Tired of the Boring Old Three Point Lighting? An Alternative Setup To The Rescue

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The headshot, the interview, the portrait lighting we all have to film time and time again . . . it can get quite boring, and often my instincts tell me that you just can’t light by a standard formula. Lighting Techniques should be fluid.

Three Point Lighting Rule Be Gone

The best cinematographers don’t follow a formula. They trust their eye and rely on years of “rules” which they followed long enough until it was time to break them.

Nothing is better then seeing a master give the middle finger to the “rules” and create awesome stuff. It lets me know that above all we need to trust our instincts, trust our eye, and have our own opinion.

Watch below to learn an alternative method to the boring old three point lighting technique and then keep reading:

Tired of the Boring Old Three Point Lighting technique? Try the following lighting setup!Tweet: Tired of the boring old Three-Point Lighting Technique? Try the following lighting setup! http://ctt.ec/e2Eke+ @BLFSchool

So as you noticed you can get a wonderful contrast on the face by having your fill light on the SAME side as your key light.

Also, negative fill is something you should be experimenting with since taking light away is just as much a necessity and a science as adding light. Check out Bruce Logan’s interview, Part2@12:20 where he discusses negative fill for more on that.

Don’t forget, highlights and blown out windows in the background, though you need to be careful to keep it tasteful, is completely acceptable and can look gorgeous.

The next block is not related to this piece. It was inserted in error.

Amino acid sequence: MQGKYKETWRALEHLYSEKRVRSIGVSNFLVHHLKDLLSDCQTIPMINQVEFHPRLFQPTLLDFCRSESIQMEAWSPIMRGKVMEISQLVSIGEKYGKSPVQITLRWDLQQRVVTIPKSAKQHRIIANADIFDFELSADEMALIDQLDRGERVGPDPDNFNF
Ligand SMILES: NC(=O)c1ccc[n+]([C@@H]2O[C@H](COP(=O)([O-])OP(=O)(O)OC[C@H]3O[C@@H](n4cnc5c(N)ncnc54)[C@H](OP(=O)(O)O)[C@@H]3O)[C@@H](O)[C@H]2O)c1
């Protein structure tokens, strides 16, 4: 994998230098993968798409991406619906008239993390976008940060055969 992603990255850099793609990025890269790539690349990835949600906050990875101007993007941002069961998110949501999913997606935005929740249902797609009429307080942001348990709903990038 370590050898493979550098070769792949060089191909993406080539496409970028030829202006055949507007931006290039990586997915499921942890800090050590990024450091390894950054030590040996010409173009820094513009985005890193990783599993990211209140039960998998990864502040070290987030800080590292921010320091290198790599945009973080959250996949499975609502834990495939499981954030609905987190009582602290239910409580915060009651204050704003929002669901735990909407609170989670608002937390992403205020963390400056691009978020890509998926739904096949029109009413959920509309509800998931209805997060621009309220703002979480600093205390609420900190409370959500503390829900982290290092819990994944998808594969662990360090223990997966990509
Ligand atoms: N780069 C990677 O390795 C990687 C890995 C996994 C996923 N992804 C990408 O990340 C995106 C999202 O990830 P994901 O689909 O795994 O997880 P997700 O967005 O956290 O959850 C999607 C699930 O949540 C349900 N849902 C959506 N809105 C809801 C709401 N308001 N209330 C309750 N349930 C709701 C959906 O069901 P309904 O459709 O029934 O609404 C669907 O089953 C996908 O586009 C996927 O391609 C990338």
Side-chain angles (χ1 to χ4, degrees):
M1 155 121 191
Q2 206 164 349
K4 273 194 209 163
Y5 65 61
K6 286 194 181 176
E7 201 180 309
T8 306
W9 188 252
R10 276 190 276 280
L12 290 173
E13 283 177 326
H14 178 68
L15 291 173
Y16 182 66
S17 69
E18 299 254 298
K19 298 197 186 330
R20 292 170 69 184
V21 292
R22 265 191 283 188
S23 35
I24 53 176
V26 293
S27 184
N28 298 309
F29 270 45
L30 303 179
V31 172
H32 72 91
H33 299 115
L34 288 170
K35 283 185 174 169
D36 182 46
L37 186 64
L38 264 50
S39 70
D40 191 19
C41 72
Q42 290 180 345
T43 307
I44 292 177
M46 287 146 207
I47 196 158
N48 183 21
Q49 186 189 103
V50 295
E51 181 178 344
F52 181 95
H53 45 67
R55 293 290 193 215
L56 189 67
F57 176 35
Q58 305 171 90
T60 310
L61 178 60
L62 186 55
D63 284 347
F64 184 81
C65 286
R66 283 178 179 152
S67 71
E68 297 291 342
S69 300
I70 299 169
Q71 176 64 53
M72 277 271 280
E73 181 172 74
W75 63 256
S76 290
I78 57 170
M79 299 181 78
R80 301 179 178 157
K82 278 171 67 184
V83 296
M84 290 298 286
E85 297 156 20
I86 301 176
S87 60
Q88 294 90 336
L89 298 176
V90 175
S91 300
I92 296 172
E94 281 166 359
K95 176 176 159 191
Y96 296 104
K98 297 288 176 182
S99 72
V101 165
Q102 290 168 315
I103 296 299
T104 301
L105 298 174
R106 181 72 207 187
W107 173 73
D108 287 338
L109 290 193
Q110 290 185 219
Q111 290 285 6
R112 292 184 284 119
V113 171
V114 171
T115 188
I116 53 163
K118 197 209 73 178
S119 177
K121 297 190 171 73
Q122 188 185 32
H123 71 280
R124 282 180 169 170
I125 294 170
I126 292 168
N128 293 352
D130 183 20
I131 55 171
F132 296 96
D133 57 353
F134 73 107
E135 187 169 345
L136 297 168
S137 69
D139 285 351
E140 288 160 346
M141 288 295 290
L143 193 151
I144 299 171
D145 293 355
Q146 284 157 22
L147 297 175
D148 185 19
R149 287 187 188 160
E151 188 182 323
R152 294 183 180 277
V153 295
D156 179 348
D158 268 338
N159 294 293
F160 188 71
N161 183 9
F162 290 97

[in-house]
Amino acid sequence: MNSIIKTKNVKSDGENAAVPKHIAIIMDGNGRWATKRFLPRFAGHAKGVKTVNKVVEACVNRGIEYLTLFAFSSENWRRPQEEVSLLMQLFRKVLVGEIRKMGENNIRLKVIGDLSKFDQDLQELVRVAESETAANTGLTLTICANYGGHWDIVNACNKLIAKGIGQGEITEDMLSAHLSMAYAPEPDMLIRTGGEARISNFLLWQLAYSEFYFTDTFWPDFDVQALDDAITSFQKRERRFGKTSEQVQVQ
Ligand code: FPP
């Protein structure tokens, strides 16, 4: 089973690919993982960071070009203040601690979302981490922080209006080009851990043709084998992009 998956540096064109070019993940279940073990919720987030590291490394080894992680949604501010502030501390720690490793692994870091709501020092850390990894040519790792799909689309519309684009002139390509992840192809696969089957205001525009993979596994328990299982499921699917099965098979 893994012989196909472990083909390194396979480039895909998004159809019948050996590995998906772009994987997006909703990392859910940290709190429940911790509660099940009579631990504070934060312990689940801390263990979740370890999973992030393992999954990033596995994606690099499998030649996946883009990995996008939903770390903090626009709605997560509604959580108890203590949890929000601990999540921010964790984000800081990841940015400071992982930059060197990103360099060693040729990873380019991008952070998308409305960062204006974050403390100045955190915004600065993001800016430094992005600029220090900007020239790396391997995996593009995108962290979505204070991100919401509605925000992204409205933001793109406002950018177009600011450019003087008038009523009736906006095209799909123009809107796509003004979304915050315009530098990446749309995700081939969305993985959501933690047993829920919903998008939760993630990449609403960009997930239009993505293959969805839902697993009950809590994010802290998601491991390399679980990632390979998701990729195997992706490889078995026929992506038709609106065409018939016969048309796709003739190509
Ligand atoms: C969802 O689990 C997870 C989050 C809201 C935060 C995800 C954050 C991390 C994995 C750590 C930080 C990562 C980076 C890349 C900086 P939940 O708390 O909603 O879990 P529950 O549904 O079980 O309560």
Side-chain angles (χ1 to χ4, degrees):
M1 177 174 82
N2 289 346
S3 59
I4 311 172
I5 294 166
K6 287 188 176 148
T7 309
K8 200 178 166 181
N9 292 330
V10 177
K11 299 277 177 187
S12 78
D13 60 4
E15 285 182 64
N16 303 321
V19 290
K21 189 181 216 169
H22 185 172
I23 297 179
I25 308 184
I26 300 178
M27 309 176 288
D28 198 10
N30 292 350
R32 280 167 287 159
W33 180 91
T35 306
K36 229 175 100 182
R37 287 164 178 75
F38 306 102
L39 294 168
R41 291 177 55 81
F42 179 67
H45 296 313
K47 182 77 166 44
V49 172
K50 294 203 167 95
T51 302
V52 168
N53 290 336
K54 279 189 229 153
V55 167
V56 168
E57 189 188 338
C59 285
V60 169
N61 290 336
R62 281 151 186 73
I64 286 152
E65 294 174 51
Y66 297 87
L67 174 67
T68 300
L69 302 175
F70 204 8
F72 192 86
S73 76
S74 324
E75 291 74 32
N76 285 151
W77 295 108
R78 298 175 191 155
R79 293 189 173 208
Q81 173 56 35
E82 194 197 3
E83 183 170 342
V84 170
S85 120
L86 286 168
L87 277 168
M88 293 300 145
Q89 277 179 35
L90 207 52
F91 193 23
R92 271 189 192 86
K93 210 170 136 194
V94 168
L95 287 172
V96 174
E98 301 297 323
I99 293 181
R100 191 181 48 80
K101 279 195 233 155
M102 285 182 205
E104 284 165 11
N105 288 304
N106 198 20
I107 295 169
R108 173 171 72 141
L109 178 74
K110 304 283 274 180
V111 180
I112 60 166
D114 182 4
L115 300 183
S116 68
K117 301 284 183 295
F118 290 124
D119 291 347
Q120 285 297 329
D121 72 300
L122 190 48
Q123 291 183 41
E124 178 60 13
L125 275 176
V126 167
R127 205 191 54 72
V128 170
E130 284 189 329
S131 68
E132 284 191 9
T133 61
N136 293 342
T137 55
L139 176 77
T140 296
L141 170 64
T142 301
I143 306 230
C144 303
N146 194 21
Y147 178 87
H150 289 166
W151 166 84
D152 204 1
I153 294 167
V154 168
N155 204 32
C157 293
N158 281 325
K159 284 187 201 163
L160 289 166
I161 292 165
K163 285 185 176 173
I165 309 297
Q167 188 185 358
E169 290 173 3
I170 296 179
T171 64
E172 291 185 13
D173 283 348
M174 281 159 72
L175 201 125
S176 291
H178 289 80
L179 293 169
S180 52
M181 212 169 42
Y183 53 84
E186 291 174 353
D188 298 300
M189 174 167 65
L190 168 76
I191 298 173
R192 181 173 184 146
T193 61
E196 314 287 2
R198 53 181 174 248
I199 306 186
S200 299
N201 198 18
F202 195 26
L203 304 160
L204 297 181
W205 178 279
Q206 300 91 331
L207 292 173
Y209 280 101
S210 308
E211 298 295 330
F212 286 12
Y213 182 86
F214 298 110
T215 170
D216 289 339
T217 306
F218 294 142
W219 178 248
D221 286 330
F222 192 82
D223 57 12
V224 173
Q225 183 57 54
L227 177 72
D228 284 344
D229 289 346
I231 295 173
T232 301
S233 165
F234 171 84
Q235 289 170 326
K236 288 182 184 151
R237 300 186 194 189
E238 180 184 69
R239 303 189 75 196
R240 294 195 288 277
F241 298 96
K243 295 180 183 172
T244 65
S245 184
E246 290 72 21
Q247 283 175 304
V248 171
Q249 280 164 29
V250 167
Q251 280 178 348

Three Point Lighting Be Gone

Three Point Lighting Be Gone

This method is more natural since all the light is coming from the one “source” and at the same time there is a natural fall off of light and wrap around effect that is happening. Even though there are two lighting fixtures doing the job I consider this one “point”. The second would be the hair light.

So although three-point lighting is the dominant method out there, don’t be afraid to shake things up by trying alternative methods – maybe you’ll come up with something ground breaking! Trust your eye and let that guide you, not some stinking boring “rule”.

SHARE BELOW A LINK TO YOUR WORK!
HAVE YOU EVER CREATED FILL FROM THE SAME SIDE AS YOUR KEY LIGHT?

P.S. CineSummit 2014 is in the works and will come quickly! So if you’re not on this email list make sure to do so to get notified when registration opens up.

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  • jose

    awesome tutorial, man.
    thanks!

    • coachaviv

      Glad you liked it Jose!

  • http://www.yosefadest.com Yosef Adest

    I loved this tutorial, wow! I am a professional videographer with years of experience and this is the first time that negative fill has come onto my radar (always filling in the gaps of being self taught!).. Beautiful setup here, I love the final result, and some great tips.. Thanks so much as always, Aviv, your videos and interviews are AMAZING!!

    • coachaviv

      Yosef, once you start taking away light, “cutting light,” you open up a whole new level man. Show us what you got!

  • http://www.EntreFilmmaker.com Shmuel

    Really great lighting. It looks f!@#$% amazing, Aviv.
    Thanks for sharing.

    • coachaviv

      Thanks Shmuel!

  • David

    I have never really liked traditional 3 point lighting. I have been using a similar light set up with out the negative fill. The negative is a nice addition. It adds a nice flavor. Thanks for the tutorial!

    • coachaviv

      Thanks David!

  • http://www.spinme.co.uk Alex

    Great. Thank you for all the hard work and enthusiasm!

    Alex

    • coachaviv

      You’re welcome Alex.

  • Sylvester Ravi

    Thx a lot ….

    • coachaviv